In February’s blog, I mentioned PADI AWARE’s Mission Hub Community Grant Program, which was established to provide funding for local ocean protection and restoration initiatives. Because saving the ocean requires thousands of Ocean Torchbearers acting locally worldwide, about a quarter of AWARE’s donations go to these grants, with a goal of reaching $1million in funding by 2024.
Just before Earth Day, PADI AWARE announced the first 16 initiatives to receive grants: six involve coral restoration, three species protection, two climate change, two marine protected areas, and three focus on marine debris. Every one of these not only demonstrated a worthwhile goal but innovation and creativity in attacking these ocean threats. Here are some examples:
Giant Kelp Restoration Project
The Giant Kelp Restoration Project recruits and teaches divers to protect and restore kelp in Monterey Bay, California. Besides preserving Monterey’s famed kelp forests, because kelp absorbs large amounts of CO2, this effort directly addresses climate change at the same time. The Coral Catch/Gili Shark Conservation project in Indonesia ties ocean conservation with gender diversity by providing 20 scholarships to local women. Females are underrepresented in the local pro dive community, and this training will enable them to grow and plant corals in the Gili Matra Reserve.
Coral Restoration Challenge
In Mauritius, Dodo Divers has committed to a four-year, 10,000 metre2/2.5 acre coral restoration challenge. After noting significant coral decline at their popular Confetti Bay dive site, they used the time available during COVID lockdowns to launch coral farming there, with local divers and visitors now participating in the effort. In the Mediterranean, the Seahorse Trust is a global organization that, much like PADI AWARE, leverages local actions to monitor and protect global seahorse species. Their Malta Research Project focuses on documenting two Maltese seahorse species and protecting them with public education and outreach.
Marine Turtle Protection Project
In Malaysia, the Bubbles Turtle Project continues a marine turtle protection initiative Bubbles Dive Resort started in 2005. Through community outreach and education at local schools, the project is reducing local turtle egg consumption, as well as protecting nests. An effort that involves visiting divers, the local area now has the highest annual turtle nest and egg counts in the region. In Florida, already involved with coral restoration with the local I.CARE organization the Florida Keys Dive Center No Trash Left Behind project aims to involve divers in weekly Dive Against Debris outings, with a goal of removing about 2300 kg/5000 lbs. by the end of summer.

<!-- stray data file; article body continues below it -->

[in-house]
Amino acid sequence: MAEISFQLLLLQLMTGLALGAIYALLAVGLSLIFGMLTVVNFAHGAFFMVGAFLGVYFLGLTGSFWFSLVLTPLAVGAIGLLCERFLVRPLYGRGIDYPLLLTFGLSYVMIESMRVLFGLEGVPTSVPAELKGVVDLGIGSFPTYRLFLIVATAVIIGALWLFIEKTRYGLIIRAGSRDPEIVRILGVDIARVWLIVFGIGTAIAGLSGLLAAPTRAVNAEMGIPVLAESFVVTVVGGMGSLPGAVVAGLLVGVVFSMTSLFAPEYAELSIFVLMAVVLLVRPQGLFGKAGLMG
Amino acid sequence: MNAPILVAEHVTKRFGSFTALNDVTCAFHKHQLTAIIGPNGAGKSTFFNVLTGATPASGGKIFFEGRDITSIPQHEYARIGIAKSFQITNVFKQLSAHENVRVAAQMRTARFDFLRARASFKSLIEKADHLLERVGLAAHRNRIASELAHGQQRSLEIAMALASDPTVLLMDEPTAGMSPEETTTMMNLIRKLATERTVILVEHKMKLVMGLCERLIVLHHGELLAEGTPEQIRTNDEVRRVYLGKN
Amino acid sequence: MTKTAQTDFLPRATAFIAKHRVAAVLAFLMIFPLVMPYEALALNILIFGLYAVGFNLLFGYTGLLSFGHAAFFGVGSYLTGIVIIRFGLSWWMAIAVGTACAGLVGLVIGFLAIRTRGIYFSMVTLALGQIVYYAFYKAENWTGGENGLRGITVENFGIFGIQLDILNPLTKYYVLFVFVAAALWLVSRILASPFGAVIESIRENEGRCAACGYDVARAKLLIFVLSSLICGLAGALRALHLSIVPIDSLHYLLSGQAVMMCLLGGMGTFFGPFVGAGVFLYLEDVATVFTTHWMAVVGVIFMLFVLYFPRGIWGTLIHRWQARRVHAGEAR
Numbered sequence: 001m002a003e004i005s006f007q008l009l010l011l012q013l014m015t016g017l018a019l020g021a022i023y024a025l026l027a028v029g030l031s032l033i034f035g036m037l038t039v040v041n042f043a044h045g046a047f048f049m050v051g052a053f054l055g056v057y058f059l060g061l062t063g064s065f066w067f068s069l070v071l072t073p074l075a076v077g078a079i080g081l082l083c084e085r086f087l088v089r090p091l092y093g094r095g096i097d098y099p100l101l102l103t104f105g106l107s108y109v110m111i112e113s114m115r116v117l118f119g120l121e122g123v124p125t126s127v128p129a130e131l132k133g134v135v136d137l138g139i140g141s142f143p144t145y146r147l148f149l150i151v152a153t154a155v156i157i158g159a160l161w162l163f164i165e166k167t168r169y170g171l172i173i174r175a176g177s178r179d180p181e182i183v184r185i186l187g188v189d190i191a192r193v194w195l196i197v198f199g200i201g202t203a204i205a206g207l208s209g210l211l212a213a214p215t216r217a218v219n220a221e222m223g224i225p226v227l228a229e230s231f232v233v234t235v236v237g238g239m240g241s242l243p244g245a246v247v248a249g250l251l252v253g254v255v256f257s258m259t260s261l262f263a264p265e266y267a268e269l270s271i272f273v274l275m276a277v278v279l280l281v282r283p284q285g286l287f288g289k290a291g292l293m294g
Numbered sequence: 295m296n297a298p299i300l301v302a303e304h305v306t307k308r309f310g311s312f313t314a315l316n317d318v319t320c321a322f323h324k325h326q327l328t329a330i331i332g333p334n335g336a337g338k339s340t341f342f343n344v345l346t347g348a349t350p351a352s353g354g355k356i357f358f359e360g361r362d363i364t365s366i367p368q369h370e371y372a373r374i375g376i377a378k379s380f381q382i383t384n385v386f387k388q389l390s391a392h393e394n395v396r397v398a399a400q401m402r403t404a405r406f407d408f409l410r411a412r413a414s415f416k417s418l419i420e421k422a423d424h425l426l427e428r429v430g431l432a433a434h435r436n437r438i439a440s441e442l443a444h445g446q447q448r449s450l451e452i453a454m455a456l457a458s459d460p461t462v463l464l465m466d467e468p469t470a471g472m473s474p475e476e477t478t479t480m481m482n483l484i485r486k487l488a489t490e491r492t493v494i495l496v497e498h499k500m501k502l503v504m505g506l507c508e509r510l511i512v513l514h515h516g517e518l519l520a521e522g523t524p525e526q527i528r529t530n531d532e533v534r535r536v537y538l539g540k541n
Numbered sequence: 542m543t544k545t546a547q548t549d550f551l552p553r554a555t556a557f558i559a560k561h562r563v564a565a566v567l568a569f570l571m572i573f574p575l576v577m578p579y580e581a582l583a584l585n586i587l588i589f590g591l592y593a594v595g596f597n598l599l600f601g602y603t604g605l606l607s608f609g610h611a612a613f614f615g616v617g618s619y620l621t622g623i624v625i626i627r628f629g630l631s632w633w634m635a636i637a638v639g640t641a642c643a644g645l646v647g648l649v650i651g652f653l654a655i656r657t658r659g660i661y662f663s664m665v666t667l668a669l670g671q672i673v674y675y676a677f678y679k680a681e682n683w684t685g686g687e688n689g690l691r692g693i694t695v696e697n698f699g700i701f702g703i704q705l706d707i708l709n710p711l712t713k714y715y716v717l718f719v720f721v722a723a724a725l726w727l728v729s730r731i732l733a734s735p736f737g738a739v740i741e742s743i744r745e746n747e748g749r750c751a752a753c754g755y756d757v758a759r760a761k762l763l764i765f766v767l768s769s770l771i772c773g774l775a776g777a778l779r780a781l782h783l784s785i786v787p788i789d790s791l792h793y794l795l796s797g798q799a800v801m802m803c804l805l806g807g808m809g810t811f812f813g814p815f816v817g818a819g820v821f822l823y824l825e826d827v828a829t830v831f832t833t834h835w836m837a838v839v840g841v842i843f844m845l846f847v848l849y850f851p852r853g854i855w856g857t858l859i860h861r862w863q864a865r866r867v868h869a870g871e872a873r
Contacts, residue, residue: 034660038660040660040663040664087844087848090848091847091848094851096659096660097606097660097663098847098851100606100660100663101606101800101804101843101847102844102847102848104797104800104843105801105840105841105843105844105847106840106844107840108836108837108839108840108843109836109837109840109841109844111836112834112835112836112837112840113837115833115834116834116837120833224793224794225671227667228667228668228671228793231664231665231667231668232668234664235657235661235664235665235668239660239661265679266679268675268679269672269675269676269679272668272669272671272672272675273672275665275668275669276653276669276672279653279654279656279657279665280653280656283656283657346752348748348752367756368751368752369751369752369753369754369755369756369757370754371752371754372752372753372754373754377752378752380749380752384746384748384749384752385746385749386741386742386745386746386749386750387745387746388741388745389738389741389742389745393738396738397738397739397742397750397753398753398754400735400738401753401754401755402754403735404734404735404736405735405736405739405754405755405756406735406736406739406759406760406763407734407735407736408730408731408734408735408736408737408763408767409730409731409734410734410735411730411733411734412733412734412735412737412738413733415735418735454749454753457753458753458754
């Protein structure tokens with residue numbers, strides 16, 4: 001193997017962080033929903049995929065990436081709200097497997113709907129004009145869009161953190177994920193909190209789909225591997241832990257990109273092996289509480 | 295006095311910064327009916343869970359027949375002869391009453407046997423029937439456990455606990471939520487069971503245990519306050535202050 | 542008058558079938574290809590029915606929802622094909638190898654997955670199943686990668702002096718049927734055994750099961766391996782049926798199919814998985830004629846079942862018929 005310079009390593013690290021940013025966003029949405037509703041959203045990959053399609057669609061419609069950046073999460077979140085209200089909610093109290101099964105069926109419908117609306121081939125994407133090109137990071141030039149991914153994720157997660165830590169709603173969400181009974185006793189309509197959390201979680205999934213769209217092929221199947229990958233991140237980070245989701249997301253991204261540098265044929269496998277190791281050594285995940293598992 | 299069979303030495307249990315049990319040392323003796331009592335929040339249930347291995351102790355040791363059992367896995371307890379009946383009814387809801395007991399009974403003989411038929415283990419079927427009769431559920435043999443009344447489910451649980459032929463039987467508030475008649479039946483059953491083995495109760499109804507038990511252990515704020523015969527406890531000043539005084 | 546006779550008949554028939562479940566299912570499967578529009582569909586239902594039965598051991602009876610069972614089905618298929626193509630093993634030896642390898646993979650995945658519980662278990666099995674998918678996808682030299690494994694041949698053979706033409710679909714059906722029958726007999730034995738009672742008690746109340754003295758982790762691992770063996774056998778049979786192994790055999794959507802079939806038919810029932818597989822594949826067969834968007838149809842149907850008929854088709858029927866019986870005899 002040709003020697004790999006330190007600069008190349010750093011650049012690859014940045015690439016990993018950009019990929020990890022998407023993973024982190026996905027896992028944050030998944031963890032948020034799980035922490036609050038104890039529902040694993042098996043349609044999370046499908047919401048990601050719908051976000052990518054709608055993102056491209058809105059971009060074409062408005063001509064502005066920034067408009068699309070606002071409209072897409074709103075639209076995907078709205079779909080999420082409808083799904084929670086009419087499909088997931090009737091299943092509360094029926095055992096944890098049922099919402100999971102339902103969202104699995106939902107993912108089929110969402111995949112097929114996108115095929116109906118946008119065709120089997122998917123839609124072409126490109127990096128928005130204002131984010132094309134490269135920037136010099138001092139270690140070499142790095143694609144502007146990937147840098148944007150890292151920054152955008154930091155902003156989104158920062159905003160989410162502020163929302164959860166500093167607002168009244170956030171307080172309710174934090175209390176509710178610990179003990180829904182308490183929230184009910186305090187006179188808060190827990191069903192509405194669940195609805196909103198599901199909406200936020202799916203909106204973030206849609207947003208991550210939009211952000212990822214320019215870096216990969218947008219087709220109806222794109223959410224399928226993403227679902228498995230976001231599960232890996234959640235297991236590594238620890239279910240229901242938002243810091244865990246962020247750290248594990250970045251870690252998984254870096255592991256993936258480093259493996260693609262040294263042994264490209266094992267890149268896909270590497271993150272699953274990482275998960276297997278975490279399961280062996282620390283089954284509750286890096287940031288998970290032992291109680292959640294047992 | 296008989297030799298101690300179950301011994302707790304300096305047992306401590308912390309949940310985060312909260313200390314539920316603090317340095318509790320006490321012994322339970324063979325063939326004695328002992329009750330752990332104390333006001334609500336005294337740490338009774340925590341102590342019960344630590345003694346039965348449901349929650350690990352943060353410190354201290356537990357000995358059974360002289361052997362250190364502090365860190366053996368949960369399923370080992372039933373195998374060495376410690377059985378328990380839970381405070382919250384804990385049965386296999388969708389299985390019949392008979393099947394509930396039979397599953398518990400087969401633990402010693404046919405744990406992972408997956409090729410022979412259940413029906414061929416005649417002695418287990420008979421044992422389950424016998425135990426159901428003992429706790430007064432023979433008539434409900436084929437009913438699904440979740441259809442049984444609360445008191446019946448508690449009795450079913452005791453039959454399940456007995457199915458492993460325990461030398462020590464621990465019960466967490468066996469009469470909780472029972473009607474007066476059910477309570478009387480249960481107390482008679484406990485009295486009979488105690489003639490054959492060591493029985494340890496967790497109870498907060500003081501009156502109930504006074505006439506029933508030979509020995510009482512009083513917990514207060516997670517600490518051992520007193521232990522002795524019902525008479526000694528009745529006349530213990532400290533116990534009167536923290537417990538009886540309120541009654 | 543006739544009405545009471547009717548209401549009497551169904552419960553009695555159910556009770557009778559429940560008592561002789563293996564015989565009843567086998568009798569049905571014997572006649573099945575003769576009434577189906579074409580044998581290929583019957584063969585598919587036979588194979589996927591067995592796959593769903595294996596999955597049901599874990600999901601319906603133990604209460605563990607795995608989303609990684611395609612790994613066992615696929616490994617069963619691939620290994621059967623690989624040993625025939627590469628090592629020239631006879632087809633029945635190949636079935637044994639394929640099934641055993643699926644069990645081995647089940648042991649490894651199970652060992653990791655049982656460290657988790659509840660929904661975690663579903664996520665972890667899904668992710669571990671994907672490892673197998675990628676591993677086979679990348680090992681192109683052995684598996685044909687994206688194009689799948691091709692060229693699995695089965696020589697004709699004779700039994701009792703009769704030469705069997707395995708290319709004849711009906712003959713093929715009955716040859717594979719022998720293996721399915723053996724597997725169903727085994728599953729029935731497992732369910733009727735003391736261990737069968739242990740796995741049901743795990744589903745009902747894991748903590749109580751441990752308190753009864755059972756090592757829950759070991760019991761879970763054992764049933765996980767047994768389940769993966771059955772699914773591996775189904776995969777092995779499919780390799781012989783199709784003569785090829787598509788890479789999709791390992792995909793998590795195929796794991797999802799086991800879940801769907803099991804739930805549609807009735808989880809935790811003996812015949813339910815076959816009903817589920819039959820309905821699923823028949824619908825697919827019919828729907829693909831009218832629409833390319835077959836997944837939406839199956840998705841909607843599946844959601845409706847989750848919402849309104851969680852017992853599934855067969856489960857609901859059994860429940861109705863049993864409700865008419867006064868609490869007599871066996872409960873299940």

All PADI Dive Centers and local NGOs and charities can apply for grants that support and are consistent with the PADI Blueprint for Ocean Action. But, don’t let it stop you if you have a suitable project but aren’t one of these – tie in your local PADI Dive Center or Resort working as the Mission Hub. Go here for more information and the application calendar.
Former South Africa president Nelson Mandela said, “We can change the world and make it a better place. It is in our hands to make a difference.” In that spirit, it’s my hope you’ll unite with other PADI Ocean Torchbearers by engaging in local actions to help save the ocean, by creating some of your own, or even better – by doing both.
Seek adventure. Save the ocean.
PADI President & CEO PADI Worldwide
Conservation, conservation, PADI AWARE, project AWARE, save the oceanPADI Pros